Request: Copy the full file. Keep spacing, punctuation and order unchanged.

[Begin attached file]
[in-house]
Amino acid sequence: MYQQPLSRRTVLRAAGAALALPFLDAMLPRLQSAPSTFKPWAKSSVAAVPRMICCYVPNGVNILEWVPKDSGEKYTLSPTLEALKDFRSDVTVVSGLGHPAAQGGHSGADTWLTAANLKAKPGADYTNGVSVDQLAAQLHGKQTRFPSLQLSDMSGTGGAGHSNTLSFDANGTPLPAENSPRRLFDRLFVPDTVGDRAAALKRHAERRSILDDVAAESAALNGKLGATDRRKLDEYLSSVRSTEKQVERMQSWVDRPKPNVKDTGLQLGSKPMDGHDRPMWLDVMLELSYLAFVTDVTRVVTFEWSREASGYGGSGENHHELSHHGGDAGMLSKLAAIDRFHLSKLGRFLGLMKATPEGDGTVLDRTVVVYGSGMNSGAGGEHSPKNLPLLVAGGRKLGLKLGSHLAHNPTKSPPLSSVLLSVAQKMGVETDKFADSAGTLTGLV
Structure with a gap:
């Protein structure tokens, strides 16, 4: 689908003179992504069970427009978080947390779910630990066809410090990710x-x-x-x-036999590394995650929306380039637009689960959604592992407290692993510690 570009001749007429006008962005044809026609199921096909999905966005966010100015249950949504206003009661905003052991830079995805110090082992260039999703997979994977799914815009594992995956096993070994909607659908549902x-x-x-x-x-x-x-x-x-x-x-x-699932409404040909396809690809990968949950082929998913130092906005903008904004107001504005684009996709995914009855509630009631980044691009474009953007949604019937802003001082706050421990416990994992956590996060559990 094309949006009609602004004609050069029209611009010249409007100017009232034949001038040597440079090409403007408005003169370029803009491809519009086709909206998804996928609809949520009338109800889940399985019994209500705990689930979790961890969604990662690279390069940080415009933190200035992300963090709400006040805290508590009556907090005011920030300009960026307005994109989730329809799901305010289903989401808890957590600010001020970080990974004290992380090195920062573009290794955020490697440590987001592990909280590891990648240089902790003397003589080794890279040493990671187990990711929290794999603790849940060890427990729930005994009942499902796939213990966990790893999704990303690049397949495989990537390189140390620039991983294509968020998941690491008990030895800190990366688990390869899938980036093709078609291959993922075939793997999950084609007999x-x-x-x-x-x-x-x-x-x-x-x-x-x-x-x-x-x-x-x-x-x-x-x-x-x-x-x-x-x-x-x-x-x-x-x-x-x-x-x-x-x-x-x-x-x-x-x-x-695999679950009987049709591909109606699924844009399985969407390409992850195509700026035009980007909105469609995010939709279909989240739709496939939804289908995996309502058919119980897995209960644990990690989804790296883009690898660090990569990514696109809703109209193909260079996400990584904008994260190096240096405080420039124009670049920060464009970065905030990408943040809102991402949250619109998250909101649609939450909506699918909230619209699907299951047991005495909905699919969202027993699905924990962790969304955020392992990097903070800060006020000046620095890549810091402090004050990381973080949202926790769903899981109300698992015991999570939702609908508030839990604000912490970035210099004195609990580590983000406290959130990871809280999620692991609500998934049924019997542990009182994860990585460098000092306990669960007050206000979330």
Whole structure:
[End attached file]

[in-house]
Amino acid sequence: MYQQPLSRRTVLRAAGAALALPFLDAMLPRLQSAPSTFKPWAKSSVAAVPRMICCYVPNGVNILEWVPKDSGEKYTLSPTLEALKDFRSDVTVVSGLGHPAAQGGHSGADTWLTAANLKAKPGADYTNGVSVDQLAAQLHGKQTRFPSLQLSDMSGTGGAGHSNTLSFDANGTPLPAENSPRRLFDRLFVPDTVGDRAAALKRHAERRSILDDVAAESAALNGKLGATDRRKLDEYLSSVRSTEKQVERMQSWVDRPKPNVKDTGLQLGSKPMDGHDRPMWLDVMLELSYLAFVTDVTRVVTFEWSREASGYGGSGENHHELSHHGGDAGMLSKLAAIDRFHLSKLGRFLGLMKATPEGDGTVLDRTVVVYGSGMNSGAGGEHSPKNLPLLVAGGRKLGLKLGSHLAHNPTKSPPLSSVLLSVAQKMGVETDKFADSAGTLTGLV
Structure with a gap:
């Protein structure tokens, strides 16, 4: 689908003179992504069970427009978080947390779910630990066809410090990710x-x-x-x-036999590394995650929306380039637009689960959604592992407290692993510690 570009001749007429006008962005044809026609199921096909999905966005966010100015249950949504206003009661905003052991830079995805110090082992260039999703997979994977799914815009594992995956096993070994909607659908549902x-x-x-x-x-x-x-x-x-x-x-x-699932409404040909396809690809990968949950082929998913130092906005903008904004107001504005684009996709995914009855509630009631980044691009474009953007949604019937802003001082706050421990416990994992956590996060559990 094309949006009609602004004609050069029209611009010249409007100017009232034949001038040597440079090409403007408005003169370029803009491809519009086709909206998804996928609809949520009338109800889940399985019994209500705990689930979790961890969604990662690279390069940080415009933190200035992300963090709400006040805290508590009556907090005011920030300009960026307005994109989730329809799901305010289903989401808890957590600010001020970080990974004290992380090195920062573009290794955020490697440590987001592990909280590891990648240089902790003397003589080794890279040493990671187990990711929290794999603790849940060890427990729930005994009942499902796939213990966990790893999704990303690049397949495989990537390189140390620039991983294509968020998941690491008990030895800190990366688990390869899938980036093709078609291959993922075939793997999950084609007999x-x-x-x-x-x-x-x-x-x-x-x-x-x-x-x-x-x-x-x-x-x-x-x-x-x-x-x-x-x-x-x-x-x-x-x-x-x-x-x-x-x-x-x-x-x-x-x-x-695999679950009987049709591909109606699924844009399985969407390409992850195509700026035009980007909105469609995010939709279909989240739709496939939804289908995996309502058919119980897995209960644990990690989804790296883009690898660090990569990514696109809703109209193909260079996400990584904008994260190096240096405080420039124009670049920060464009970065905030990408943040809102991402949250619109998250909101649609939450909506699918909230619209699907299951047991005495909905699919969202027993699905924990962790969304955020392992990097903070800060006020000046620095890549810091402090004050990381973080949202926790769903899981109300698992015991999570939702609908508030839990604000912490970035210099004195609990580590983000406290959130990871809280999620692991609500998934049924019997542990009182994860990585460098000092306990669960007050206000979330």
Whole structure: